World Bulletin / News Desk
Mohamed Magarief, a staunch opponent of Moamer Kadhafi's overthrown regime who is seen as being pro-Islamist, was elected president of Libya's new national assembly.
Magarief will head the 200-member congress, which will name a prime minister, pass laws and steer Libya to full parliamentary elections after a new constitution is drafted next year.
Magarief, leader of the National Front party, is effectively acting head of state, but the true extent of his powers is yet to be determined. He beat a liberal candidate in the vote.
An economist and former Libyan ambassador to India who had lived in exile since the 1980s, Magarief was a leading figure in Libya's oldest opposition movement - the National Front for the Salvation of Libya - which made several attempts to end Muammar Gaddafi's rule.
The 72-year-old's National Front Party is an offshoot of the old opposition movement and won three seats in the July 7 poll - Libya's first free vote in a generation.
"I am very, very happy. This is a big responsibility," he told Reuters after the late night vote on Thursday.
Magarief won 113 votes versus independent Ali Zidan, who secured 85 votes. Voting went to a second round after no one managed to win an outright majority in the first.
"This is democracy. This is what we have dreamt of," Zidan told Reuters, congratulating Magarief.
The assembly also voted for Giuma Attaiga, a lawyer from the port city of Misrata, as a deputy to Magarief, who had been seen as a leading contender for the top job. Voting for a second deputy will take place on Friday.
"He is a political personality and everybody knows him," Othman Sassi, a former official of the National Transitional Council, said of Magarief. "He has very good experience to lead congress and the Libyan democratic state."
Magarief is from Libya's second biggest city, Benghazi, the cradle of last year's revolt. Those roots are likely to placate fears in the east that the region would be marginalised by a centralised authority in the capital Tripoli.
The national assembly began life on Wednesday after it took power from the National Transitional Council, the political arm of the opposition forces that toppled Gaddafi a year ago and which has now been dissolved.
The ceremony was the first peaceful transition of power in Libya's modern history, but it has been overshadowed by several violent incidents in the past week that have underscored the country's precarious stability.
These include a car bomb near the offices of the military police in the capital, Tripoli, and an explosion at the empty former military intelligence offices in Benghazi.
In the new assembly, 80 seats are held by parties. A liberal coalition led by wartime rebel prime minister Mahmoud Jibril won 39 of those seats, while the Justice and Construction Party - the political wing of the Muslim Brotherhood - won 17.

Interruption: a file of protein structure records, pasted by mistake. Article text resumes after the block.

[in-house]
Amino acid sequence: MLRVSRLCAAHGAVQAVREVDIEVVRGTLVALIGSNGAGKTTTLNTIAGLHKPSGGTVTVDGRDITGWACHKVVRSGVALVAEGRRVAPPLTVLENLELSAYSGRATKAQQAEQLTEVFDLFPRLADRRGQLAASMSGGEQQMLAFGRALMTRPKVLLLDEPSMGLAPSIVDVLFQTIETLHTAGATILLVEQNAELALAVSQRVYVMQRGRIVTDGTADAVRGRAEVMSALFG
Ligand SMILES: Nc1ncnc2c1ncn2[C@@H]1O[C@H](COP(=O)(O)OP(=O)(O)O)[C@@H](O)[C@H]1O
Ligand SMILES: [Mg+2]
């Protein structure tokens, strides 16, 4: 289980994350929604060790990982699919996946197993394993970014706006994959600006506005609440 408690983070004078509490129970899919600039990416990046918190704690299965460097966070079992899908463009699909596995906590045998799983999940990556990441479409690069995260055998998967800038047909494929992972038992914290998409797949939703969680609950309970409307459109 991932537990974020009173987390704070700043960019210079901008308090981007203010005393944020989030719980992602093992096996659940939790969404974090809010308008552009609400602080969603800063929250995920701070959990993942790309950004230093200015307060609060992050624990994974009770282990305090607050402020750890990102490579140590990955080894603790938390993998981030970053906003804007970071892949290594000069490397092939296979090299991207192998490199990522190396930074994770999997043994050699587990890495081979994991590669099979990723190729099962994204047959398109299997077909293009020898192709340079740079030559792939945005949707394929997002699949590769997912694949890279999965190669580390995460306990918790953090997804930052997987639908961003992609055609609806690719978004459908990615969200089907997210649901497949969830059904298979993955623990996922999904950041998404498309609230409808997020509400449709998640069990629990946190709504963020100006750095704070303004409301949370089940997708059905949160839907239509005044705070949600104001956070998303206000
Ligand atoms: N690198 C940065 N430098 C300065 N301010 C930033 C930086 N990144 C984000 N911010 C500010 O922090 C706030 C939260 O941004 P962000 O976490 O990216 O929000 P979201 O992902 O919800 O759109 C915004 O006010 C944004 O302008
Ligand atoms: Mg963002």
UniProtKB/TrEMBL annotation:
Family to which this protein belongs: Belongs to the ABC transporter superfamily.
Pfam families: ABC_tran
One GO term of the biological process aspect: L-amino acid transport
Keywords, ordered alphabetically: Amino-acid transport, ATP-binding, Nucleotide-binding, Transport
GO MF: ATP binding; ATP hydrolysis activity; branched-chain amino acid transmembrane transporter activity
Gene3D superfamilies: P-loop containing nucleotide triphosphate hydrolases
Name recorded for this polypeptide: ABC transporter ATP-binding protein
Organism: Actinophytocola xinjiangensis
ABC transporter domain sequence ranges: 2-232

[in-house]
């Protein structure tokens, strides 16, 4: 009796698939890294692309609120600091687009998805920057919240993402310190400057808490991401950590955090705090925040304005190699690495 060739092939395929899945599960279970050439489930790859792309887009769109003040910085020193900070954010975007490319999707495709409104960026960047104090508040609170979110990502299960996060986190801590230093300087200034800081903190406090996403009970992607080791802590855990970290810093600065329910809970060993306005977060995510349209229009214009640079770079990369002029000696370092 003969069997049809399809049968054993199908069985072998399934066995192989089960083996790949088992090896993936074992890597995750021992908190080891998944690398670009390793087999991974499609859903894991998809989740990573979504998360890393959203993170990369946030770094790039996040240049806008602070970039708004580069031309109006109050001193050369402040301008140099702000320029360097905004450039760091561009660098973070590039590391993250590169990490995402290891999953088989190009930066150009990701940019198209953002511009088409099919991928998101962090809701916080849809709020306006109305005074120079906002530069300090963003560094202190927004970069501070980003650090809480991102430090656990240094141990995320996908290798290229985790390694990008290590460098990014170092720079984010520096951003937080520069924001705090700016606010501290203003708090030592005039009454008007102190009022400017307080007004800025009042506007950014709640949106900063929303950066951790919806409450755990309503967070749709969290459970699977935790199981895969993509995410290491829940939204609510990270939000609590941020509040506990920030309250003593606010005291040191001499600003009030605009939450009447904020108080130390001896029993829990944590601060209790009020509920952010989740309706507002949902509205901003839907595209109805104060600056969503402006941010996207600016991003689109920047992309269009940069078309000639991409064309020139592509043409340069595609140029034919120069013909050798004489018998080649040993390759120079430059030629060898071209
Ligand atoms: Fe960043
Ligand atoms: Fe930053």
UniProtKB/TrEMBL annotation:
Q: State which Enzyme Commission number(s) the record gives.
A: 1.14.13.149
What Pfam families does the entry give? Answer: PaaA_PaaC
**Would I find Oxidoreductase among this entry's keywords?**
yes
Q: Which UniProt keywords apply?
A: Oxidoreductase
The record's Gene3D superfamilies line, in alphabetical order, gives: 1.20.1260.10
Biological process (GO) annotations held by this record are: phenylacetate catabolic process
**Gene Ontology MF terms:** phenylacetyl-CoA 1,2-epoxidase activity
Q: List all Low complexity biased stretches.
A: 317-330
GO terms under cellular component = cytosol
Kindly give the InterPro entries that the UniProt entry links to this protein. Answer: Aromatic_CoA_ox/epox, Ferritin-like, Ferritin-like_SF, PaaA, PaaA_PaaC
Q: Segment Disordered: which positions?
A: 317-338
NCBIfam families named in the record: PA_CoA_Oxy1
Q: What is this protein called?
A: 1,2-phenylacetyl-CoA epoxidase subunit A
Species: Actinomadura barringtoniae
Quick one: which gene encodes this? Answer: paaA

The remaining 120 seats are in the hands of independent candidates whose allegiances are hard to pin down. Key decisions will require a two-thirds majority to pass, making cooperation necessary in what is still a delicate transition for Libya.
Kindergarten has turned into orphanage after becoming home to tens of children who lost one or both parents in Syria's civil war
Some 10,000 Somali refugees living in eastern Kenya's Dadaab refugee camp are expected to be repatriated within six months
Human rights groups send open letter to president over prosecution of father accusing soldiers of shooting 14-year-old
Hamas spokesman Sami Abu Zuhri said reports that Saudi Arabia had called certain Hamas officials to voice its displeasure with the visit were unfounded
Parliament urged the government to expedite the process of tabling electoral reforms as lack of quorum derails debates.
28,000 soldiers will be used to secure polling stations while another 8,000 will be deployed for emergency reaction.
Twin bombs in Yemen's western city of Al-Hudaydah resulted in the death of an unconfirmed amount of people and scores were of people were injured.
Conviction against Huugjilt, 18, overturned almost 2 decades after execution for crime which serial rapist confessed to in 2005.
The Egyptian army said Thursday that it had killed nine "terrorists" and arrested 12 others within the past two days in the northeastern Sinai Peninsula.
Some Jewish organizations had called on settlers to storm the Al-Aqsa compound, especially on Sunday and Monday, according to the Palestinian NGO.
The United Nations launched its biggest ever humanitarian appeal for Syria on Thursday, seeking $8.4 billion after only securing about half the funding it asked for in 2014.
The union said that cabinet ministers in the Palestinian unity government had promised the cleaners that it would work on resolving their grievances within the next two weeks
Bosnia lifts visa requirements for citizens of 10 countries, bringing total number to 72.
European Union foreign policy chief Federica Mogherini urged Russian President Vladimir Putin on Thursday to radically change his attitude to the rest of the world and be more cooperative.
European Union has 'shot itself in the foot' by isolating Palestinian group, says analyst.
Cheyney's fiscal problems - students who are unable to repay debt and increasing pension costs - were exacerbated by cutbacks in state higher education funding.